COAST also offers a connection to Boston-bound C & J Trailways bus
service at the Portsmouth Transportation Center at the Pease International
Tradeport; and links to the Amtrak rail stations in Dover and Exeter.
Wildcat Transit offers connections to the Dover and Durham stations.
Go to Intercity Service
Carpooling or Vanpooling is often a good option for commuters who cannot get
where they need to go using any of the regular bus or train services, or for
those who simply prefer such an arrangement. New Hampshire and Massachusetts
both have rideshare programs which include computerized
ridematching services to any interested commuters. In Massachusetts,
I-93 has High-Occupancy Vehicle lanes approaching Boston. Find out if your
employer offers any incentives for ridesharing.
Riding in a vanpool drastically reduces commute costs. Vanpoolers share gas costs, tolls,
parking costs, and other expenses. Based on figures provided by the American Automobile
Association, driving alone to work 50 miles each way can cost over $8,000 a year. The same commute
in a 14-person vanpool can cost as little as $1,300 annually.
the cost of your commute!
for available seats in vanpools going to the Boston area at the MassRIDES website!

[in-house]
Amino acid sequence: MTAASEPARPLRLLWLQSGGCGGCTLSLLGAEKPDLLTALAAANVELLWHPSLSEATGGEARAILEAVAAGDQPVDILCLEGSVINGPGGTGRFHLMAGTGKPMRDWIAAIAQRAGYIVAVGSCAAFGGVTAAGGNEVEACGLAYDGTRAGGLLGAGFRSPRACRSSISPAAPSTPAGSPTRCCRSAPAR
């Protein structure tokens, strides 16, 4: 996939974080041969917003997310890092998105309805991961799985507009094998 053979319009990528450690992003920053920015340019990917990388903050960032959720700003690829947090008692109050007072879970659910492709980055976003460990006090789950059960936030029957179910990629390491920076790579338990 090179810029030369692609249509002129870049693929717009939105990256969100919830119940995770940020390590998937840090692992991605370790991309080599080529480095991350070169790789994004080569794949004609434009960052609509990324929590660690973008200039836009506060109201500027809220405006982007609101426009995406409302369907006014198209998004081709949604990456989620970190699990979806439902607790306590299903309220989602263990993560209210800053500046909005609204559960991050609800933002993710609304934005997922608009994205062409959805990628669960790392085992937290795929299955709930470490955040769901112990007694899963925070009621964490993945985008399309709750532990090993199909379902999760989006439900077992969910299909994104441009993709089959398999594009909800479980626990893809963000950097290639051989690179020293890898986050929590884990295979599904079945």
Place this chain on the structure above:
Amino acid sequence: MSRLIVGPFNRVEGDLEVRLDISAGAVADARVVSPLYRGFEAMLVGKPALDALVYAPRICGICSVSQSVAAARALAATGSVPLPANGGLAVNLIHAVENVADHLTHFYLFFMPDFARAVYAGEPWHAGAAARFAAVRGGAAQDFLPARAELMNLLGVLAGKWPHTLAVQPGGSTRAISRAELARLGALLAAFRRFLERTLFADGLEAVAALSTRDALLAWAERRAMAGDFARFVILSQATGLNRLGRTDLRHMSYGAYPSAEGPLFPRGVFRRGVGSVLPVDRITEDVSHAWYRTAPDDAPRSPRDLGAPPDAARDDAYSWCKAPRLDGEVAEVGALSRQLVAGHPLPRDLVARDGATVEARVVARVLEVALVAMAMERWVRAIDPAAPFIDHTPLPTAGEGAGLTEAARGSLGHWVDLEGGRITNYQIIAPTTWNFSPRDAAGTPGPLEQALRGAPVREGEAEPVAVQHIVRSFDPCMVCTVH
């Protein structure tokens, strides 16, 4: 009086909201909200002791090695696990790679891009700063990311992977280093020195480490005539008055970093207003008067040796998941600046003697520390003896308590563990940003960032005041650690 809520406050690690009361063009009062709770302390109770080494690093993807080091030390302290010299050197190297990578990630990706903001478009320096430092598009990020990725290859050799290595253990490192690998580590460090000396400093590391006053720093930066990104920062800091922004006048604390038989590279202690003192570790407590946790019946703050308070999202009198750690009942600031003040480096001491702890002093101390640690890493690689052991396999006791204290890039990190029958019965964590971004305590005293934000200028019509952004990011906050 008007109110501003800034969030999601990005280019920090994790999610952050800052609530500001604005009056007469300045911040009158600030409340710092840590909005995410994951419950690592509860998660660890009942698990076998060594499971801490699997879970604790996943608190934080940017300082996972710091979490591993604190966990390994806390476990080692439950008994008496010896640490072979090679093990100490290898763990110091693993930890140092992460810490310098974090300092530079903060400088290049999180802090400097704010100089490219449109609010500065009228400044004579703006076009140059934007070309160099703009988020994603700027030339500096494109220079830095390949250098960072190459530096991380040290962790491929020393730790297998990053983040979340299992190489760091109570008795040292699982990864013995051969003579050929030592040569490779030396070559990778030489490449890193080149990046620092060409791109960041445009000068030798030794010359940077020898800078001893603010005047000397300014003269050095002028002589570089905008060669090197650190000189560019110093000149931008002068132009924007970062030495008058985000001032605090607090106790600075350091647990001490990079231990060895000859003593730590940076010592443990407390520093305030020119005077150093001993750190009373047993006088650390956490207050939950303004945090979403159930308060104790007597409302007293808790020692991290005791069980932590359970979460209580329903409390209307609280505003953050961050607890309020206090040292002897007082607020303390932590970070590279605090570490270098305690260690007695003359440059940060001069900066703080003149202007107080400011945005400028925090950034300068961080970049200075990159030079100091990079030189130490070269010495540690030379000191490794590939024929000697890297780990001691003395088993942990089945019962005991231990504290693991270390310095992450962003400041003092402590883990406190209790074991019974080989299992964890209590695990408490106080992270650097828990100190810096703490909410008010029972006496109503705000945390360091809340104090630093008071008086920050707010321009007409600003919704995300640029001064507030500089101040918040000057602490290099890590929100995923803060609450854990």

MASSRides is the Massachusetts statewide ridesharing program
Information includes: Origin(s) • Destination(s) • Time arriving in Boston/Time leaving
Boston • Driver/Phone
& Ride Facilities
The New Hampshire Department of Transportation maintains Park & Ride
lots in Epping, Hampton, Lee, Portsmouth, and Somersworth which allow ridesharers in the region to meet
at central locations convenient to the Spaulding Turnpike, US Route 4, and
a Map of NH's Park & Ride Facilities
Park & Ride
NH 9 near
Calef's Country Store near NH 125
- Phone, Lights
NH 125 & NH 101
Lights, Shelter, Bicycle lockers
NH 27 at 1-95,
Amenities - Phone,
Lee Park & Ride
US 4 West of Lee Traffic Circle
Amenities - Phone,
Lights, Shelter, Bicycle Lockers
Portsmouth Park & Ride
NH 33 at I-95, Exit 3
Amenities - Phone,
Lights, Bike Rack
Portsmouth Transportation Center
I-95, Exit 3A
Lights, Shelter & Waiting Room Building
bus service available - C&J
Somersworth Park & Ride
NH 9 off Spaulding Turnpike, Exit 9
Many of the region's residents work in the community where they live, or in a